When Rabbi Elie and Chaya Rochel Estrin were preparing to welcome their sixth child into the world, the news that their baby had developed multiple cardiac defects in utero felt like a bombshell. The doctors’ prognosis was grim. The medical conditions were inoperable, and they weren’t sure if the baby would be born alive. At a loss for what to do, Rabbi Estrin set off to visit the Ohel in Queens, N.Y.—the resting place of the Rebbe, Rabbi Menachem Mendel Schneerson, of righteous memory—to ask for a blessing.

Nissi Estrin was born on a cold winter afternoon on Feb. 8, 2016. The doctors were sure he wouldn’t make it. But Nissi proved everyone wrong.

The newborn spent the first few days of his life in the neonatal intensive-care unit at the University of Washington Medical Center. “The doctors gently told us that our baby could die at any minute,” recalls Chaya Rochel Estrin. “There was nothing they could do for him. They suggested we contact a hospice service and start saying our final goodbyes.”

As Nissi fought for his life, the Estrins searched for a medical professional who would take on their case, begging anyone that would listen to “give Nissi a chance.” A few days after their son was born, they received the news that the Seattle Children’s Hospital agreed to take him under their care.

When he was six days old, Nissi underwent open-heart surgery. A few weeks later, he suffered a cardiac arrest. To date, Nissi has survived multiple open-heart surgeries.

Almost six years later, with a zest for life and broad smile, Nissi thrives, uplifting all those with whom he comes into contact. “A friend recently told me that Nissi is their ‘personal life mentor,’ ” says Chaya Rochel Estrin. “Every time I’m going through something rough, I close my eyes and imagine Nissi’s warm, beautiful smile, and that’s all I need to feel better.”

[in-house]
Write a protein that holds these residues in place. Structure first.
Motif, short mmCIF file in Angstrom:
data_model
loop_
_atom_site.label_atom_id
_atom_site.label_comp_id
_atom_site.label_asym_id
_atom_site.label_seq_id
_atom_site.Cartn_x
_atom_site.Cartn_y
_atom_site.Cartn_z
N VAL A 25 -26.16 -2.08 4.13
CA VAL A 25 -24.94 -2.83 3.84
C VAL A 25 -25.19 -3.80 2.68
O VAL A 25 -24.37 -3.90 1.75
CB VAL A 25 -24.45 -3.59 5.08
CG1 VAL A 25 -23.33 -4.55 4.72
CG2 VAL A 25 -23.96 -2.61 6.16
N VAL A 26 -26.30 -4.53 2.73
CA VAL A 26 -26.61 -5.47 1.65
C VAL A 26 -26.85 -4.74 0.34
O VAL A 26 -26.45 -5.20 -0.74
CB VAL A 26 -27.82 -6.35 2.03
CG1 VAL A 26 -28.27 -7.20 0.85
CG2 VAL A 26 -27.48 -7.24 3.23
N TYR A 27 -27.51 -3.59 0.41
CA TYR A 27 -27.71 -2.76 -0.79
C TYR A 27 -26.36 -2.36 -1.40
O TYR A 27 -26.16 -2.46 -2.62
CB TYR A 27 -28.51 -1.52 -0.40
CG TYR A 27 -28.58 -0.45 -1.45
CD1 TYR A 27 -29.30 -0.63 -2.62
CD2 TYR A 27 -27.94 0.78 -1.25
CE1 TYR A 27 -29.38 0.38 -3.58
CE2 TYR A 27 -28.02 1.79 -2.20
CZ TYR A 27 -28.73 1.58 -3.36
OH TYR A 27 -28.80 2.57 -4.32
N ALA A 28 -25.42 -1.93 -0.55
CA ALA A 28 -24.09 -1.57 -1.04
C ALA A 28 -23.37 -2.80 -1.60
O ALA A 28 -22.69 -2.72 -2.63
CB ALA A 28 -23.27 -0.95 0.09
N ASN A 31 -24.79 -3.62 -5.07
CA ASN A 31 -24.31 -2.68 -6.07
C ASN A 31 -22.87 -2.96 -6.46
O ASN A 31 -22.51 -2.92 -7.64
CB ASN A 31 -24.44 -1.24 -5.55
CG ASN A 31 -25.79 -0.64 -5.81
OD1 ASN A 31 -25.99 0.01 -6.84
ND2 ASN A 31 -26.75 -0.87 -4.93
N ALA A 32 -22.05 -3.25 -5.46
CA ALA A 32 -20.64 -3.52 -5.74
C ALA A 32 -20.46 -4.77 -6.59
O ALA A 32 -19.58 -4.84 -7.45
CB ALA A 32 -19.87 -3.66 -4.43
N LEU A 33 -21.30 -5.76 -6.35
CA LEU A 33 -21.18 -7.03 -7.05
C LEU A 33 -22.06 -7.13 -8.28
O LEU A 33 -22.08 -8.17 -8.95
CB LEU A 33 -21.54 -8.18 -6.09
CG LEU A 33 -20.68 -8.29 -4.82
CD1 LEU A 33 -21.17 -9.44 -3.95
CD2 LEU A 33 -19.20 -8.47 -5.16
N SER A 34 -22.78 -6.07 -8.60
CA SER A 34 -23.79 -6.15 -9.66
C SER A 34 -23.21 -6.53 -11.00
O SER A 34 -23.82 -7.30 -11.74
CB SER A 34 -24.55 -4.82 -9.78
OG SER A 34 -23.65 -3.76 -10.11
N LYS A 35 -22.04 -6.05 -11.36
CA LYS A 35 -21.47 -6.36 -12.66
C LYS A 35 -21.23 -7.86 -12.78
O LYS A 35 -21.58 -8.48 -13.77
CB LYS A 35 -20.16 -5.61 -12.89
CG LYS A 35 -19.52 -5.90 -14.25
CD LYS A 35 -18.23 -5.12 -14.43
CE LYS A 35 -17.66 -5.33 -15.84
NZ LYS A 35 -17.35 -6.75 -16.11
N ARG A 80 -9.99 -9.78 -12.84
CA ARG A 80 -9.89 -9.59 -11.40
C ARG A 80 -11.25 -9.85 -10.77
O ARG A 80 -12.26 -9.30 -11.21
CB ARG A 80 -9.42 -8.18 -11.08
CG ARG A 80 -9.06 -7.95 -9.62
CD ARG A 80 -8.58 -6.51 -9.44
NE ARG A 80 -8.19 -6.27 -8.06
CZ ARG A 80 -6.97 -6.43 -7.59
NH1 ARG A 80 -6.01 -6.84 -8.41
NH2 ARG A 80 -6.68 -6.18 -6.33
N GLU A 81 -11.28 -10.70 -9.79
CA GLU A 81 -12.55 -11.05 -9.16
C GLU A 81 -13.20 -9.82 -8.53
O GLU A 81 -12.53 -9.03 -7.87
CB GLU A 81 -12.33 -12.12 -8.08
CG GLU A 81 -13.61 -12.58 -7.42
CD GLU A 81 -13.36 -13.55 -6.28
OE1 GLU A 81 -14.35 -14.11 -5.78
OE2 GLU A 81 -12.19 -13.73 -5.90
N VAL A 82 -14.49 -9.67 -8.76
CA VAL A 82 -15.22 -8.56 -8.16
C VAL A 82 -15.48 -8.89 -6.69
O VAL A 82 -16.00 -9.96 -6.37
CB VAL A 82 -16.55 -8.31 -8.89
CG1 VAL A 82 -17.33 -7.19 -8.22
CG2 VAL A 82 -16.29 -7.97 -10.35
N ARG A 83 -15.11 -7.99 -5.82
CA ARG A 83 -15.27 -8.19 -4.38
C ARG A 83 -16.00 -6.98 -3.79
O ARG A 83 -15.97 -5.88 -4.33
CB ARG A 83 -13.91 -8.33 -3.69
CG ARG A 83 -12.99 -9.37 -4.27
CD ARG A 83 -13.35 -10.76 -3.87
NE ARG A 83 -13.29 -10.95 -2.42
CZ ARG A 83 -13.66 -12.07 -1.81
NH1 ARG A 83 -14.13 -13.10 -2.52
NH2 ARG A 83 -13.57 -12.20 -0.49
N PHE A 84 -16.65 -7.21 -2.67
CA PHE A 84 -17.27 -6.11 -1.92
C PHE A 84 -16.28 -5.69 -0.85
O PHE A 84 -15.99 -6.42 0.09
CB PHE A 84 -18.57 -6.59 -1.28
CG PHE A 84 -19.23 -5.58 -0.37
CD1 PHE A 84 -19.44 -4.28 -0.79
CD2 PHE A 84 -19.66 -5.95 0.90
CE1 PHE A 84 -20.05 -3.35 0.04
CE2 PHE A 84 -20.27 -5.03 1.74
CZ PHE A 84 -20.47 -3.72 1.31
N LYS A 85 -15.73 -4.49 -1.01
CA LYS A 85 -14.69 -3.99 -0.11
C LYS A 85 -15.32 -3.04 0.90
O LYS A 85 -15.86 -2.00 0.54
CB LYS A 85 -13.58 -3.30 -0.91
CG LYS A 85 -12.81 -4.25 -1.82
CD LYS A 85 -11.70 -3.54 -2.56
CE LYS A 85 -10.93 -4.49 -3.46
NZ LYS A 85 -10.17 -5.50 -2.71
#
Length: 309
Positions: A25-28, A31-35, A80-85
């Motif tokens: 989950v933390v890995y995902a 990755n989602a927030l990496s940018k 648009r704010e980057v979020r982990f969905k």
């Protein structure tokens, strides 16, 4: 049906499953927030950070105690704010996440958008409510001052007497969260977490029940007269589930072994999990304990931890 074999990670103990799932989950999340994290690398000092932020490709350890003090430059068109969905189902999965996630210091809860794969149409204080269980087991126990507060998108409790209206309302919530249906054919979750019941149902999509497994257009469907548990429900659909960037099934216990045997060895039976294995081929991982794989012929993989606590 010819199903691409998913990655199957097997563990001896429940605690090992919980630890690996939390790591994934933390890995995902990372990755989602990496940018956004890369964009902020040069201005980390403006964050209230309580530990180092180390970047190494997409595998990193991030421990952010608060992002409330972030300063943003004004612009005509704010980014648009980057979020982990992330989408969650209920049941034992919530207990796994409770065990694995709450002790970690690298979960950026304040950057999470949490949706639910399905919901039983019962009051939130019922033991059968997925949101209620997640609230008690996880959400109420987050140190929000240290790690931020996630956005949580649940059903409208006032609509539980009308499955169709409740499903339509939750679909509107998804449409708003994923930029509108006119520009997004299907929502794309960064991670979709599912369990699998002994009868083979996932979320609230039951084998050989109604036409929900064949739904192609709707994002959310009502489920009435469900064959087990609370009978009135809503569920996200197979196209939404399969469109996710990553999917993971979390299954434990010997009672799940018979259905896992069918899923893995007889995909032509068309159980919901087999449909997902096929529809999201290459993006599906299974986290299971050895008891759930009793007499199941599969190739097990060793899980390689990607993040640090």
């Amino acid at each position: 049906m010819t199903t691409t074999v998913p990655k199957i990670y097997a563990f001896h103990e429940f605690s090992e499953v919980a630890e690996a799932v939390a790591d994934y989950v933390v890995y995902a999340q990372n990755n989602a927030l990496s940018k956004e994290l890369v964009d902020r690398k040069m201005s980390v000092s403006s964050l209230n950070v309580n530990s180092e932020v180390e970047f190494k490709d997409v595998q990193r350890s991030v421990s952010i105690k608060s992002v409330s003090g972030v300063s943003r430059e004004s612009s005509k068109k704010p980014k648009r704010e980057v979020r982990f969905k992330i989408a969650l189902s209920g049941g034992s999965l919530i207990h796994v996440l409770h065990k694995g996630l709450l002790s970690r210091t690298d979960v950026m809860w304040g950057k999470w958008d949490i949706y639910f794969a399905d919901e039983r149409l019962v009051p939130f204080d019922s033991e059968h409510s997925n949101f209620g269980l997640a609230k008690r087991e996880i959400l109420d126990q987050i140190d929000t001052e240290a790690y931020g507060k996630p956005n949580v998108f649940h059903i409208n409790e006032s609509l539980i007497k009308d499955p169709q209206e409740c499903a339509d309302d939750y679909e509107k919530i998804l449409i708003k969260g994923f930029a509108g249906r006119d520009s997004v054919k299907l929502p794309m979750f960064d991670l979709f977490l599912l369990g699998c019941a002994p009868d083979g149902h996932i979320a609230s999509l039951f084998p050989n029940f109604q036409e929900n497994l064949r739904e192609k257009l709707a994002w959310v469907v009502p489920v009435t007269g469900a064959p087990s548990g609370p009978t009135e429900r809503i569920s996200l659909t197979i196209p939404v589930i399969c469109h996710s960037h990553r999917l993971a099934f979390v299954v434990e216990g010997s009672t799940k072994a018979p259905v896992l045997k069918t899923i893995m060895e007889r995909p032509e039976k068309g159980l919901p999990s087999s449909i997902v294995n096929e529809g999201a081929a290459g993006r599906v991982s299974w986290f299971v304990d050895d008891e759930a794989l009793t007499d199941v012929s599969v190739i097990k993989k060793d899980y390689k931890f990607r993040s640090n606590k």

That was part of the encouragement that led the Estrins to draft their experiences into an online document to share their story with those who could use support and guidance. “People were always telling us: ‘You really should write a book,’ so we did. We worked on it together until the end of the 2020 lockdown. We aimed to write the book as an inspiring story of hope.”

Rabbi Elie and Chaya Rochel Estrin wrote “Of Miracles, Medicine and Mindsets” to help other parents going through similar struggles and to show others how to best offer their support.
Rabbi Elie and Chaya Rochel Estrin wrote “Of Miracles, Medicine and Mindsets” to help other parents going through similar struggles and to show others how to best offer their support.

A Family’s Journey of Perseverance

Miracles, Medicine and Mindsets chronicles their personal journey of raising Nissi, a delightful little boy born with a single ventricle, pulmonary atresia and (PVC) premature ventricular contractions.

The Estrins describe both the struggles and joys that accompany raising a child born with physical challenges. Poignant and uplifting, the book is replete with anecdotes, as well as perspectives gleaned from a lifetime of Chassidic study that “carried them through.” Especially instructive for them were lessons of bitachon (absolute trust in G‑d’s goodness) emphasized in the Rebbe’s teachings.

The book includes practical guidance on crisis management, patient advocacy and self-care for parents who are struggling, as well as advice for friends and loved ones who want to be supportive but don’t know how.

Raising their son has been a journey, says Chaya Rochel Estrin. “We’re thankful to G‑d to have ‘come out at the other end,’ but we remember the fear, grief and uncertainty well. Sharing our story and experience in Of Miracles, Medicine and Mindsets is our ‘small’ contribution to helping people navigate the waters of raising children with disabilities. No one should be forced to go this alone.”

Rabbi Elie and Chaya Rochel Estrin
Rabbi Elie and Chaya Rochel Estrin

When asked about what mindsets helped her stay calm during their many challenges, Chaya Rochel Estrin says: “Taking one day at a time definitely helped me stay present, focusing on the here and now. Realizing that Hashem has a plan and that He loves us was definitely a game-changer. Knowing and meditating on the belief that He’s got our backs and He’s taking care of us definitely helped us through trying times. That sort of acceptance helped me better handle the situation. Simply recognizing that Hashem is orchestrating it all and that He knows what He’s doing was comforting to me.”

Estrin says she feels lucky to have “gotten past” those moments of intense grief and fear of the unknown, but keeping in mind G‑d’s love for her and her family, helped to “soothe the wound.”

“Hashem does really tough things to us,” she says. “We don’t understand it, and I don’t think there’s really any explanation for it. Though G‑d has a plan, we can still cry and beg that we see revealed goodness in our lives.”

“Of Miracles, Medicine and Mindsets” can be purchased here or via the Kindle app on Amazon.com.